Skip to main content
Press Release

Tulsa Receives $800,000 from the Department of Justice's Public Safety Partnership to Support Crime Reduction Efforts

For Immediate Release
U.S. Attorney's Office, Northern District of Oklahoma

TULSA, Okla.—Attorney General Jeff Sessions announced today the grant awards to Public Safety Partnership member sites that will include $800,000 in funding to Tulsa law enforcement departments and their partners to fight violent crime.

The partnership delivers $10 million in grant awards to support various state, local and tribal law enforcement departments and agencies who battle violent crime. Tulsa was awarded $800,000 to fund ballistic technology and to improve investigative practices through Crime Gun Intelligence Centers. 

The Office of Justice Programs’ Bureau of Justice Assistance, in partnership with the Bureau of Alcohol, Tobacco, Firearms, and Explosives, is awarding $5 million under the Local Law Enforcement Crime Gun Intelligence Center Integration Initiative to encourage local jurisdictions to use intelligence, technology and community engagement to identify unlawfully used firearms and to prosecute those who commit violent crimes.

“This crime-fighting collaboration will be Tulsa tailored. It will provide a data driven, strategic look at the city’s most violent and problematic criminal activity that is infiltrating and harming neighborhoods. Additionally, our Tulsa law enforcement partners, who know our community well, will play an active role in forming priorities and solutions and will further gain invaluable tools, training and focused resources,” said United States Attorney Trent Shores. “Together, we will all move forward in our common mission to stop violent crime and create an environment where our neighborhoods thrive.”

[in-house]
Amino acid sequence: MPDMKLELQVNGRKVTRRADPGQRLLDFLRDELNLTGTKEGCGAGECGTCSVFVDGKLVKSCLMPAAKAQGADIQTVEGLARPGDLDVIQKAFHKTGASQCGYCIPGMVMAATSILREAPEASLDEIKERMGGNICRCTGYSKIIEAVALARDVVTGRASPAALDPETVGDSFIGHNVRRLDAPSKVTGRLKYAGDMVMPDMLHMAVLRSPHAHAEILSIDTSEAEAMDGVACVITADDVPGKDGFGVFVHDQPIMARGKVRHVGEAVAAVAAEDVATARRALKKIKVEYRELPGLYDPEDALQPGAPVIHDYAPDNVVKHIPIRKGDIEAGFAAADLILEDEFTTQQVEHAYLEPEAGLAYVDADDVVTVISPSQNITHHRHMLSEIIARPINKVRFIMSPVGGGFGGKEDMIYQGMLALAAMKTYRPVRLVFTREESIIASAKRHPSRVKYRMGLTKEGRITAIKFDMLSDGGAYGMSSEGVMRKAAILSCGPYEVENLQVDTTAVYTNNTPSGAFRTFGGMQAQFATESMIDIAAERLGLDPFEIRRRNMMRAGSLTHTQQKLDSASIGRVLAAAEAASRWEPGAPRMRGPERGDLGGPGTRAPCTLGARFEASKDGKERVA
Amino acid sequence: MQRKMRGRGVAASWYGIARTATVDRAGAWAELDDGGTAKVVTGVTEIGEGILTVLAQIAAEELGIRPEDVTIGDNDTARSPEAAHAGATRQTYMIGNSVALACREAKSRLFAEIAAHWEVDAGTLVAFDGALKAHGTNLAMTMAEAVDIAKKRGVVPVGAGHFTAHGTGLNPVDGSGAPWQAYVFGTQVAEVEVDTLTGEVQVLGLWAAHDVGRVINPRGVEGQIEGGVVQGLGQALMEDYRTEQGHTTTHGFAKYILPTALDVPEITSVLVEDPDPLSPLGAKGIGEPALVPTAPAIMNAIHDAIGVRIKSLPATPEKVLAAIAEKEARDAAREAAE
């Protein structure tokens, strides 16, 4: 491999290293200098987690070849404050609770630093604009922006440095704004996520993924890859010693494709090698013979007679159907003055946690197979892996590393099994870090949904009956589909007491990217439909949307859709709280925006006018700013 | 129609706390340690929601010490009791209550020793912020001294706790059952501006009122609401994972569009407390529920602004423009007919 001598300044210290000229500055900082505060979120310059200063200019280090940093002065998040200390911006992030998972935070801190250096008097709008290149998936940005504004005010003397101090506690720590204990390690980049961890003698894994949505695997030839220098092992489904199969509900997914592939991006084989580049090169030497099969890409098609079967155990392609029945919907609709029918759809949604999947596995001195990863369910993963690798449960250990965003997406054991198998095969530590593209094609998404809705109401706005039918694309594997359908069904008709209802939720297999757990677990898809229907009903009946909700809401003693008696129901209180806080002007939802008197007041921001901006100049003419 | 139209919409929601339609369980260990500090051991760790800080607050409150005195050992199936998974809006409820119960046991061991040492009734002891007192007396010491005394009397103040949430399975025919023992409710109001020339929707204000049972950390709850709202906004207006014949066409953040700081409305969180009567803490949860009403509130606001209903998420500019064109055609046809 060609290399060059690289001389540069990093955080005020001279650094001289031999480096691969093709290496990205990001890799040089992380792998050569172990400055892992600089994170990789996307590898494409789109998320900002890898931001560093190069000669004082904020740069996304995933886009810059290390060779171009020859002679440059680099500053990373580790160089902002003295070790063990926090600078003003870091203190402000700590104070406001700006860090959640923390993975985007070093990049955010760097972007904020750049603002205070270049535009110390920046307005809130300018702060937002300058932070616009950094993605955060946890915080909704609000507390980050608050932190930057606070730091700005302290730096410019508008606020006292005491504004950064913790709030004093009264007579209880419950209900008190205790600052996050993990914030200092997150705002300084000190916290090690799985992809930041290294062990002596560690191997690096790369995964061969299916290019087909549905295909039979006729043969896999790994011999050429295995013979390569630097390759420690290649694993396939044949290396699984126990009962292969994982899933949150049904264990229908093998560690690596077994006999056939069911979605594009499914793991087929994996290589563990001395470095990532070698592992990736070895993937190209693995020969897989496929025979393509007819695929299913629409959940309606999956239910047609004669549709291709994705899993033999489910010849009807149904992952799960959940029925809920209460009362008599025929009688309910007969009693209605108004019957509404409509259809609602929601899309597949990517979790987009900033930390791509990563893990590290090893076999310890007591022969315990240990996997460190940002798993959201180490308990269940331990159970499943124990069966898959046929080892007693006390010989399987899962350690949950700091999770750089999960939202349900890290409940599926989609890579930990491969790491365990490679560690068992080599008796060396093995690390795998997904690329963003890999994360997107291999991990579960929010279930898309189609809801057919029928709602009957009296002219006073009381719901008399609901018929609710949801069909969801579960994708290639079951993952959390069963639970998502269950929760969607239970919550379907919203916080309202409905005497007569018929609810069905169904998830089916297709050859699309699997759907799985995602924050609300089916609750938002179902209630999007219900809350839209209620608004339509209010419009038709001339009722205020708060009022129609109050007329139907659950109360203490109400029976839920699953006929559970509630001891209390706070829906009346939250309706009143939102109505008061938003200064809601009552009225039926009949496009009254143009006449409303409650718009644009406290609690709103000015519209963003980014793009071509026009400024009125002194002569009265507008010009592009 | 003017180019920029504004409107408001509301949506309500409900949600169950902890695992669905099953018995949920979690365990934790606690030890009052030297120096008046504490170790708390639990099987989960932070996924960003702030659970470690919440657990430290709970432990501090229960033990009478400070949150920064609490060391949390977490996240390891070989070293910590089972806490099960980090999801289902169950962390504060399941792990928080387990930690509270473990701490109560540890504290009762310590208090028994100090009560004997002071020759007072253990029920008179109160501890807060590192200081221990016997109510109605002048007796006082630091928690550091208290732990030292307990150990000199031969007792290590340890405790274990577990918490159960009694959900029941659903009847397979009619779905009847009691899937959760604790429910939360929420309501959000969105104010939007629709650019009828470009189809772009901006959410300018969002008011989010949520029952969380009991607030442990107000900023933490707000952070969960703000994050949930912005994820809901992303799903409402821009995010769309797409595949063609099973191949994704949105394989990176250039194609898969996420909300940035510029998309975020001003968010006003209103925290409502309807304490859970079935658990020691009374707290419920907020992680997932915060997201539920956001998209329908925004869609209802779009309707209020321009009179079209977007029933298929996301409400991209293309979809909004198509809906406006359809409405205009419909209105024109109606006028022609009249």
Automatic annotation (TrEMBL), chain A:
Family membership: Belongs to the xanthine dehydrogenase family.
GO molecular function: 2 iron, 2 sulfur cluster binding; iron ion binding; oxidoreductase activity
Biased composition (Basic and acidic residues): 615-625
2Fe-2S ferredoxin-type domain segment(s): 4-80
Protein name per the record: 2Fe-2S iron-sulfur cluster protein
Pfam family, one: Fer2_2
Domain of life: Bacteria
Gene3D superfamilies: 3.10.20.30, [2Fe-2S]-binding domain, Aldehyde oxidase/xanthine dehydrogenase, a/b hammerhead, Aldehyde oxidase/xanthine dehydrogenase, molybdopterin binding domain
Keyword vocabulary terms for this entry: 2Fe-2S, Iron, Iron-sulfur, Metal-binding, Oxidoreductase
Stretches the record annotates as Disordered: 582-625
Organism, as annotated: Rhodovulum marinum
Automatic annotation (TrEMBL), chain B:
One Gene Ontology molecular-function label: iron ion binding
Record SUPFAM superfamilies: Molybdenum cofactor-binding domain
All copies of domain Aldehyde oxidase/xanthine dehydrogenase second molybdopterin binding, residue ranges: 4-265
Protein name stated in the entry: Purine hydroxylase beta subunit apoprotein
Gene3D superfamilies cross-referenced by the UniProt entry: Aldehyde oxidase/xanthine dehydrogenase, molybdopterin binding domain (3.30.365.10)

Tulsa Police Chief Chuck Jordan said, “We are very grateful to be receiving this Department of Justice grant, which will formalize Tulsa as a Crime Gun Intelligence Center.  This funding will help support collaborative efforts that are already in place with our federal and local partners here in Tulsa. These resources will help us identify our most violent offenders even quicker, targeting them for enforcement and removing them from our streets.  The Tulsa Police Department has a world class forensic laboratory that supports some of the most gifted investigators and prosecutors in the nation.  I look forward to seeing all that is accomplished with this grant!”

Tulsa County District Attorney Steve Kunzweiler added, “Tulsa County is indeed blessed to have a network of partner agencies working hard to reduce violent crime in our communities.  I am committed to ensuring public safety, and the Tulsa County District Attorney’s Office is proud to be part of this effort.”

Grant recipients include the PSP cities of Indianapolis, Indiana, $798,866; Memphis, Tennessee, $714,055; Tulsa, Oklahoma, $800,000 and Baton Rouge, Louisiana, $634,971.  Other locations include Detroit, Michigan, $800,000; the Albuquerque, New Mexico, Police Department, $452,108, and the City/County of San Francisco, California, $800,000. The jurisdictions will use these awards to hire personnel to utilize the National Integrated Ballistic Information Network (NIBIN), to purchase technology required to operate a Crime Gun Intelligence Center and ammunition for ballistic tests of recovered weapons. 

Attorney General Jeff Sessions made the announcement during today’s National Public Safety Partnership Symposium on Violent Crime in Birmingham, Alabama. The National Public Safety Partnership is a DOJ-wide initiative that enables cities to consult with and receive a coordinated  array of resources from DOJ’s programmatic and law enforcement components: the Bureau of Justice Assistance; United States Attorneys’ Offices; the Bureau of Alcohol, Tobacco, Firearms and Explosives; the Federal Bureau of Investigation; the U.S. Drug Enforcement Administration; the U.S. Marshals Service; the Office on Violence Against Women; the Office of Justice Programs; the Office of Community Oriented Policing Services; and other federal agencies in order to improve local violence reduction strategies. 



Lennea Montandon

Updated September 24, 2018

Violent Crime